You may or may not know who Warren Spector is. In recent times, he’s mostly known for making Epic Mickey, which wasn’t nearly as epic as its name might’ve suggested. In the past though, he helped create and direct Deus Ex, one of the first FPS games to be given the fallacious, but useful labels of being “emergent.”
Deus Ex was brilliant, and it really felt like the consequences of your actions had genuine meaning. Thanks to that it unfolded and unweaved, telling not just the story its makers wanted you to experience, but other ones too, ones that resulted from the gameplay.
That’s the sort of thing game creators should be doing more, said Spector at PAX Australia, saying that those who aren’t doing that are essentially wasting their time making games – and should make movies instead.
Though he sugar-coated it nicely enough, Spector laid in to the folks making linear games – the Uncharteds and Last of Us’ of the world – saying that they’re “low expression games” which purposely “limits your ability to interact with the game world, so the story can unfold the way the storyteller wants it to unfold.”
Spector said it was similar for games like The Walking Dead or Heavy Rain, which he calls “medium expression” games.
“I love The Walking Dead, but the choices you have to make, they’re compelling choices, but they’re designer driven, not player driven. Every choice in a game like this has been pre-scripted and handwritten by a designer somewhere, and the effects of that choice have been predetermined by the developers. There’s very limited stuff that players actually get to do.”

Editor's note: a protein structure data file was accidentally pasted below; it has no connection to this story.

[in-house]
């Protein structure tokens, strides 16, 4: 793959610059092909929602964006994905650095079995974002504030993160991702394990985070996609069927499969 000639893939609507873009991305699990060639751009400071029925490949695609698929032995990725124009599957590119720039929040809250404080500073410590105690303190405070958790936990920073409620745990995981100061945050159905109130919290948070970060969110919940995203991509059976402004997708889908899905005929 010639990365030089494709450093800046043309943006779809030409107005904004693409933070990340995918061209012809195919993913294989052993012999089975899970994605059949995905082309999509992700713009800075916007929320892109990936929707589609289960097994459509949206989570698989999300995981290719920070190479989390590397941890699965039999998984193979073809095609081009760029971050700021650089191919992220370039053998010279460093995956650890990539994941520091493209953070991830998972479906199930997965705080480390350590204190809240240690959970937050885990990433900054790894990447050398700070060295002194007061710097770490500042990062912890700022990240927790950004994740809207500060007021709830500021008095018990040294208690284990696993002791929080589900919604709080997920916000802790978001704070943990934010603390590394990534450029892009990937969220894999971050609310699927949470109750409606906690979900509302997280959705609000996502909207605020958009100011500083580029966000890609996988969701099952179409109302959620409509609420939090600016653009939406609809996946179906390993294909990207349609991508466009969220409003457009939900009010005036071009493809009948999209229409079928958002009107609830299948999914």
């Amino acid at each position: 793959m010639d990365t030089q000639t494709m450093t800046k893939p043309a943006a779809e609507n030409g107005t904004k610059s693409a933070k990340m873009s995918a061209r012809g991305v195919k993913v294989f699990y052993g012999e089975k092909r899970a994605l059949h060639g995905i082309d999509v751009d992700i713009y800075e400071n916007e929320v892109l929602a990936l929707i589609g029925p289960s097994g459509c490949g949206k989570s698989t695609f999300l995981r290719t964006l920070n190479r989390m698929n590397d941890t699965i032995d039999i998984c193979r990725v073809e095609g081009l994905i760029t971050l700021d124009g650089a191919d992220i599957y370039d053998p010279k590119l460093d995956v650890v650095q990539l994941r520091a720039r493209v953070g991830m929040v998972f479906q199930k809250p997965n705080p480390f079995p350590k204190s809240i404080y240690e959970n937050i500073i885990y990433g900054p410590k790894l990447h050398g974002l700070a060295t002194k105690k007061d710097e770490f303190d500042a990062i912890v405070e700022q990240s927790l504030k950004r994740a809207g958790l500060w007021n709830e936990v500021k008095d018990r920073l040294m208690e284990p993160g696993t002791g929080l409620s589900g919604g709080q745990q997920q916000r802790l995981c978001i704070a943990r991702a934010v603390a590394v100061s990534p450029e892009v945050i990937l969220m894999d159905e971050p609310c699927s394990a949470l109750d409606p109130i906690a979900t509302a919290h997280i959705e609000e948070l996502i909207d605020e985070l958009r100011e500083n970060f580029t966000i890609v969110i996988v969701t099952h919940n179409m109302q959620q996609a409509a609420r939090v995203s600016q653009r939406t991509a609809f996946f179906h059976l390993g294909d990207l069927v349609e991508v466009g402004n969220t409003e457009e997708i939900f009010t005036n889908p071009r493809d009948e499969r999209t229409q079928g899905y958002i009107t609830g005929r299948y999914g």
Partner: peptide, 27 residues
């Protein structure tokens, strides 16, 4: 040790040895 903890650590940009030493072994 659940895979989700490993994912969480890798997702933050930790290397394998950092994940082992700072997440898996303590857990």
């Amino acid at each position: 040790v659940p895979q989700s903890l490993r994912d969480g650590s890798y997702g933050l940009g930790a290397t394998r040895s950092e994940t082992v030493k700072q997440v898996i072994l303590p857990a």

“Heavy Rain is an amazing experience. They can tell great stories; better than I can tell in my life as a game developer. But they tell better stories because no player will ever do anything surprising or unaccounted for. They’re basically like five movie scripts all mashed together, and you’re just picking which script you’re telling at any given point in time.”
According to Spector, the people who makes these games aren’t serving the medium properly – and should get out of it.
“If all you want to do is show off how clever you are, get out of my medium! Go make a movie or something, because that’s what you should be doing,” he suggested.
He did name-check a few games that he feels are doing a good job, or are “high expression” games – including The Sims, Fallout, Dishonored and Fighting Games; games which tell their stories through play action, and not from a script.
“We are all part of a medium nothing else can do: collaborative storytelling,” he said. “And I think it’s important that we embrace that capability.”
I’ve got a lot of respect for Spector, and I can’t really disagree with him, but he’s really coming across as a bit of a pompous windbag. I think there are enough people who play videogames – enough of a market – for all sorts of games.
Uncharted maker Naughty Dog agrees, with this statement in response to Spector’s comments.
“Right now, in the industry, we have such a great opportunity to create many different games, from blockbuster triple-A studios to indie studios, to address every type of play style and every type of ‘want’ that you could want in a game. It’s great that you’re hearing this type of criticism towards all sorts of games, because people are starting to make games that let you explore all sorts of different genres. I think people are really starting to think about those things – about what more could games do – because there are all these games out there that are appealing to different genres and play styles, and I think that’s what’s really special about the industry right now.”
Last Updated: November 2, 2015